December 26,
    2009
     
    December 27,
    2008
     
     
    (in thousands)
    United States (1)
     
    $
    70,158
     
     
    $
    75,602
     
     
    $
    139,125
     
     
    $
    163,277
     
    China
     
    159,839
     
     
    118,931
     
     
    301,260
     
     
    282,897
     
    Japan
     
    30,713
     
     
    33,498
     
     
    65,123
     
     
    71,357
     
    Korea
     
    74,270
     
     
    53,227
     
     
    156,785
     
     
    107,742
     
    Rest of Asia
     
    54,747
     
     
    45,763
     
     
    106,476
     
     
    101,177
     
    Europe
     
    65,182
     
     
    73,272
     
     
    126,070
     
     
    163,927
     
    Rest of World
     
    18,606
     
     
    10,382
     
     
    27,922
     
     
    21,502
     
     
     
    $
    473,515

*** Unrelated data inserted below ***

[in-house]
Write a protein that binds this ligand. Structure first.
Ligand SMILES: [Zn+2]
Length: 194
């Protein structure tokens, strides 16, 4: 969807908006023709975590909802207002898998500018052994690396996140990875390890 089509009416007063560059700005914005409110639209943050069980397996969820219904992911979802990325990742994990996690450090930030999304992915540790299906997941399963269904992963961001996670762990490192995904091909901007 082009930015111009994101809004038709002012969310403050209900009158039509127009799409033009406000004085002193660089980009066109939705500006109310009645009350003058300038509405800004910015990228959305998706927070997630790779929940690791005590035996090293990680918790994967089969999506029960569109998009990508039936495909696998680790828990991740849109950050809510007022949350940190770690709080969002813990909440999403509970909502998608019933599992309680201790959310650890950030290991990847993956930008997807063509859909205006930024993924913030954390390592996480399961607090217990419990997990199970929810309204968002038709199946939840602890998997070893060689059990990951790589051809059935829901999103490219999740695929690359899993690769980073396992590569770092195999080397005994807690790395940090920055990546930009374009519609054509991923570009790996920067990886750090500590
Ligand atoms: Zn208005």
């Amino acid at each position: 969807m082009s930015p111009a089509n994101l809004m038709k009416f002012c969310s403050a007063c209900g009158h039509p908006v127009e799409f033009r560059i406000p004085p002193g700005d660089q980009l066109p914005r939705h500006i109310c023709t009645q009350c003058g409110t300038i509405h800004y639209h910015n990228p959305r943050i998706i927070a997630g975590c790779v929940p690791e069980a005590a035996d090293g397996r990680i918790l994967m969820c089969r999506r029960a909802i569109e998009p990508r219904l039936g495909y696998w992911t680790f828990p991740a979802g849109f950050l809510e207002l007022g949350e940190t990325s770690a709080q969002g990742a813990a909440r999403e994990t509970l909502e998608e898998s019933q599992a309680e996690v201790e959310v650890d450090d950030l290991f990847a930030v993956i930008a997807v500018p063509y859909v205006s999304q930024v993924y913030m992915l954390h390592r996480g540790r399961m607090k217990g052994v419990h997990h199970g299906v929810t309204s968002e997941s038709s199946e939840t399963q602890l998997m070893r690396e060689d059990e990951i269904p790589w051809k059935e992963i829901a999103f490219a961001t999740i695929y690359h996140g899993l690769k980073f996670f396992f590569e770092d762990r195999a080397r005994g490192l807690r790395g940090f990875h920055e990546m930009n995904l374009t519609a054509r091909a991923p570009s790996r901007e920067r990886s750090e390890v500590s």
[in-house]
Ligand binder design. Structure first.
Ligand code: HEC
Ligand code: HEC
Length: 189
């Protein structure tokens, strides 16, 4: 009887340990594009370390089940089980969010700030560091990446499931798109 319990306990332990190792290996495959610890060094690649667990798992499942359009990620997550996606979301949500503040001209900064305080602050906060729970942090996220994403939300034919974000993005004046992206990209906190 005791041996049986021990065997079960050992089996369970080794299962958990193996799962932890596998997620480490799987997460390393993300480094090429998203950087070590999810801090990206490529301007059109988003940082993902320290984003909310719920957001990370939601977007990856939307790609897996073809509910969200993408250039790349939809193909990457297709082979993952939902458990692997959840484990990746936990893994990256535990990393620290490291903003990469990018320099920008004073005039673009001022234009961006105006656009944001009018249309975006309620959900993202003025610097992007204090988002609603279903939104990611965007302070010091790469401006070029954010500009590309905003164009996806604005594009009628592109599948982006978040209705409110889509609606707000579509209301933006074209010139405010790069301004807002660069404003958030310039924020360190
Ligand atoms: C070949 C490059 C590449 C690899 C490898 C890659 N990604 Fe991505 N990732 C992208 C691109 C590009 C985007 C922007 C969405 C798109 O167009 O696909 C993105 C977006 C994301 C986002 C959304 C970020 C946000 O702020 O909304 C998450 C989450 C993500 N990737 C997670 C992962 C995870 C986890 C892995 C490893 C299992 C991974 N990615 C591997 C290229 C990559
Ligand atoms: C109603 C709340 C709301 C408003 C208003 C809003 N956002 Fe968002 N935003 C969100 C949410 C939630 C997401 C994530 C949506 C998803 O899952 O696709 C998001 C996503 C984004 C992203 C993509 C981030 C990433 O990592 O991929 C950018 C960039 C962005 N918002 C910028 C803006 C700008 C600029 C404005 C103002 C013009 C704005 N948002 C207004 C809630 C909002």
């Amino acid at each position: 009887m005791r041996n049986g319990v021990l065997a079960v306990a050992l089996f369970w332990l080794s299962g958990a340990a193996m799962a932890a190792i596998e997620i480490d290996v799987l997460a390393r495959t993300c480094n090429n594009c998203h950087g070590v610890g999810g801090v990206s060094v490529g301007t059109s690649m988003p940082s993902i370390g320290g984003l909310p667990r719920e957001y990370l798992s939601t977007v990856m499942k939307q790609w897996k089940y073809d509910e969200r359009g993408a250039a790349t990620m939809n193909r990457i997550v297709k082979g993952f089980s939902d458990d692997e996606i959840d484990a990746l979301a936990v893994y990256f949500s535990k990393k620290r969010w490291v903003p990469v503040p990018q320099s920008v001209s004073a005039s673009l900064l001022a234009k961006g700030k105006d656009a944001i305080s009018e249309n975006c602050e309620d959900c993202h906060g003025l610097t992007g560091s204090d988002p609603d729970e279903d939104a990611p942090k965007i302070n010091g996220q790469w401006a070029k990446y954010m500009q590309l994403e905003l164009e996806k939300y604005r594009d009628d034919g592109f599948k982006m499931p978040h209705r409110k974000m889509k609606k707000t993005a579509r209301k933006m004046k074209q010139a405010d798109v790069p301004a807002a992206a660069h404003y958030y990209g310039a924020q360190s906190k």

$
    410,675
     
     
    $
    922,761
     
     
    $
    911,879
     
     
    (1)
    The Company previously included $23.9 million and $47.1 million of Korean revenues in United States revenues during the three and six months ended December 27, 2008.
     
    Net long-lived assets by geographic region were as follows:
     
     
    December 26,
    2009
     
    June 27,
    2009
     
    (in thousands)
    United States
    $
    1,007,921
     
     
    $
    1,016,116
     
    Philippines
    227,202
     
     
    234,004
     
    Thailand
    98,878
     
     
    108,898
     
    Rest of World
    7,831
     
     
    7,034
     
     
    $
    1,341,832
     
     
    $
    1,366,052
     
     

    15




    NOTE 9: COMPREHENSIVE (LOSS) INCOME
     
    Comprehensive income consists of net income (loss) and net unrealized (losses) gains on available-for-sale investments, and deferred income taxes on unrealized exchange (losses) gains on intercompany receivables, and actuarial loss on post-retirement benefits. The components of comprehensive income (loss) and related tax effects were as follows:
     
     
    Three Months Ended
     
    Six Months Ended
     
    December 26,
    2009
     
    December 27,
    2008
     
    December 26,
    2009
     
    December 27,
    2008
     
    (in thousands)
    Net income (loss), as reported
    $
    58,635
     
     
    $
    (38,784
    )
     
    $